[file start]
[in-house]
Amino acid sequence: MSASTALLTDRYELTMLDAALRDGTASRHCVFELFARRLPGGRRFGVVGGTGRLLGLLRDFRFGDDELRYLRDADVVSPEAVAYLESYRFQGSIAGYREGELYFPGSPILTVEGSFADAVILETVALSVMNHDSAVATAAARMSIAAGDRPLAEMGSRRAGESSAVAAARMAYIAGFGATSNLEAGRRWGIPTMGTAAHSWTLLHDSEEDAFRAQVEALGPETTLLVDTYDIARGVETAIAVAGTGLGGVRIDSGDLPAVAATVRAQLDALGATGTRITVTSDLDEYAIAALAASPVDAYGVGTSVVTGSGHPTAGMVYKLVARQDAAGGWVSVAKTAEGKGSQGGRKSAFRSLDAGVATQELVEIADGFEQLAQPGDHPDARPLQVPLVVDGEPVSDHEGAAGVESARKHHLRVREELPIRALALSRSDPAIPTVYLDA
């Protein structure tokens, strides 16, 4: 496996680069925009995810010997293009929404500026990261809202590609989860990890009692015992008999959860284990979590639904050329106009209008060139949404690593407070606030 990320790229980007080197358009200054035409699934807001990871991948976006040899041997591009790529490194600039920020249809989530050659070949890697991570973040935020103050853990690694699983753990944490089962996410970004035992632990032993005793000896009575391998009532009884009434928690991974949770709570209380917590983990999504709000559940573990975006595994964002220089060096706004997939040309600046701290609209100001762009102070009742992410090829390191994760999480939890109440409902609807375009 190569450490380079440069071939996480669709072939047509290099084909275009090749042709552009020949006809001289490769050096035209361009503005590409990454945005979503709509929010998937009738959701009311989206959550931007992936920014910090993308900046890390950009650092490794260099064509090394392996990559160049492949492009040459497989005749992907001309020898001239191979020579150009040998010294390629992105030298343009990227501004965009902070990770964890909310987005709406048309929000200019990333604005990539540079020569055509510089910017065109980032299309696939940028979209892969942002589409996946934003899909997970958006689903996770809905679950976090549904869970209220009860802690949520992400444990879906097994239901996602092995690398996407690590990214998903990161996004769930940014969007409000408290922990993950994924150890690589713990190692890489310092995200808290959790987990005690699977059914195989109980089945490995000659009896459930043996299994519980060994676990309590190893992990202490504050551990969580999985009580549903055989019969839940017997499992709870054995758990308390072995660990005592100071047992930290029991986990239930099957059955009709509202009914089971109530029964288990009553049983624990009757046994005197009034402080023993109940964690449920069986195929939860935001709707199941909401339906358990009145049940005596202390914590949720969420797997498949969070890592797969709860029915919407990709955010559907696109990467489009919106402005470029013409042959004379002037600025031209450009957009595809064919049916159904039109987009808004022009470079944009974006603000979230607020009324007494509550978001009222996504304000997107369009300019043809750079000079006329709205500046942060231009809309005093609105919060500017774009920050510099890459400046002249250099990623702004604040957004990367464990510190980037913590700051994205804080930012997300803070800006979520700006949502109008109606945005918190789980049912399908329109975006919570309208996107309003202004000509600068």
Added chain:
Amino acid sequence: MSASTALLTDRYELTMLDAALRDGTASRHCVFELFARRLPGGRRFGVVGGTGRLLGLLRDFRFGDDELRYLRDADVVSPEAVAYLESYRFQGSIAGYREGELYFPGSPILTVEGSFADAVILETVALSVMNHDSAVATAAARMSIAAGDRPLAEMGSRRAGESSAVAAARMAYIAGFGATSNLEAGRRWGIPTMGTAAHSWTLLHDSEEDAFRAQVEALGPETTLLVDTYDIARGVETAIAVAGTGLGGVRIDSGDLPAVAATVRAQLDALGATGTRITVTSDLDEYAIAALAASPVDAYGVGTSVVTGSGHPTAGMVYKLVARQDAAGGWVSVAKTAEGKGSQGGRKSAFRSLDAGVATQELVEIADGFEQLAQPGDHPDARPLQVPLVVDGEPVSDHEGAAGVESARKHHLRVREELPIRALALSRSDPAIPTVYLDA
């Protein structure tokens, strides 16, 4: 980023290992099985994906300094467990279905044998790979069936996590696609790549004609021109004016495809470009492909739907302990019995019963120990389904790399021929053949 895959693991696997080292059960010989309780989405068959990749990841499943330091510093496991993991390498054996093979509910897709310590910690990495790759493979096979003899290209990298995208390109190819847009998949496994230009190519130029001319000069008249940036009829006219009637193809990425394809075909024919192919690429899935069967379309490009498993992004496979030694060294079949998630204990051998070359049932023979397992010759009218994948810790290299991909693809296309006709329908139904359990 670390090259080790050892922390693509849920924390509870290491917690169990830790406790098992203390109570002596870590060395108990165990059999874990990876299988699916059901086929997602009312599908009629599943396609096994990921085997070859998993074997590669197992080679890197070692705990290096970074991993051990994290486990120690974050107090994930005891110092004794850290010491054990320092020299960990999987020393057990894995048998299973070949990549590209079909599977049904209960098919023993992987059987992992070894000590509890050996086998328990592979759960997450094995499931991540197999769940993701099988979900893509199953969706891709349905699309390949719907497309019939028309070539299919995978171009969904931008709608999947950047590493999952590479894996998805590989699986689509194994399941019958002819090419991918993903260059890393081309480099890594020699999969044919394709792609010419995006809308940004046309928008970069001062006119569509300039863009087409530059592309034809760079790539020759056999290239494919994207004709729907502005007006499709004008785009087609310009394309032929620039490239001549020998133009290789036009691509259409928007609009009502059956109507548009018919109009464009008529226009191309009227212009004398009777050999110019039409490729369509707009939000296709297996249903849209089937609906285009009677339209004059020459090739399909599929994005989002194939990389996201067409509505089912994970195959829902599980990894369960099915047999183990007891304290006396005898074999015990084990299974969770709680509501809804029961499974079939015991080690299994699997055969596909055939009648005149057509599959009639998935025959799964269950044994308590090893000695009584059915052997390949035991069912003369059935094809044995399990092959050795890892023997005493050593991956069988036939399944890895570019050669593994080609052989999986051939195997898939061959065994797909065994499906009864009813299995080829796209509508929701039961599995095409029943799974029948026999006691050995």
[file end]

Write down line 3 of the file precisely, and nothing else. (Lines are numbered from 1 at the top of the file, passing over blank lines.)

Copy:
């Protein structure tokens, strides 16, 4: 496996680069925009995810010997293009929404500026990261809202590609989860990890009692015992008999959860284990979590639904050329106009209008060139949404690593407070606030 990320790229980007080197358009200054035409699934807001990871991948976006040899041997591009790529490194600039920020249809989530050659070949890697991570973040935020103050853990690694699983753990944490089962996410970004035992632990032993005793000896009575391998009532009884009434928690991974949770709570209380917590983990999504709000559940573990975006595994964002220089060096706004997939040309600046701290609209100001762009102070009742992410090829390191994760999480939890109440409902609807375009 190569450490380079440069071939996480669709072939047509290099084909275009090749042709552009020949006809001289490769050096035209361009503005590409990454945005979503709509929010998937009738959701009311989206959550931007992936920014910090993308900046890390950009650092490794260099064509090394392996990559160049492949492009040459497989005749992907001309020898001239191979020579150009040998010294390629992105030298343009990227501004965009902070990770964890909310987005709406048309929000200019990333604005990539540079020569055509510089910017065109980032299309696939940028979209892969942002589409996946934003899909997970958006689903996770809905679950976090549904869970209220009860802690949520992400444990879906097994239901996602092995690398996407690590990214998903990161996004769930940014969007409000408290922990993950994924150890690589713990190692890489310092995200808290959790987990005690699977059914195989109980089945490995000659009896459930043996299994519980060994676990309590190893992990202490504050551990969580999985009580549903055989019969839940017997499992709870054995758990308390072995660990005592100071047992930290029991986990239930099957059955009709509202009914089971109530029964288990009553049983624990009757046994005197009034402080023993109940964690449920069986195929939860935001709707199941909401339906358990009145049940005596202390914590949720969420797997498949969070890592797969709860029915919407990709955010559907696109990467489009919106402005470029013409042959004379002037600025031209450009957009595809064919049916159904039109987009808004022009470079944009974006603000979230607020009324007494509550978001009222996504304000997107369009300019043809750079000079006329709205500046942060231009809309005093609105919060500017774009920050510099890459400046002249250099990623702004604040957004990367464990510190980037913590700051994205804080930012997300803070800006979520700006949502109008109606945005918190789980049912399908329109975006919570309208996107309003202004000509600068």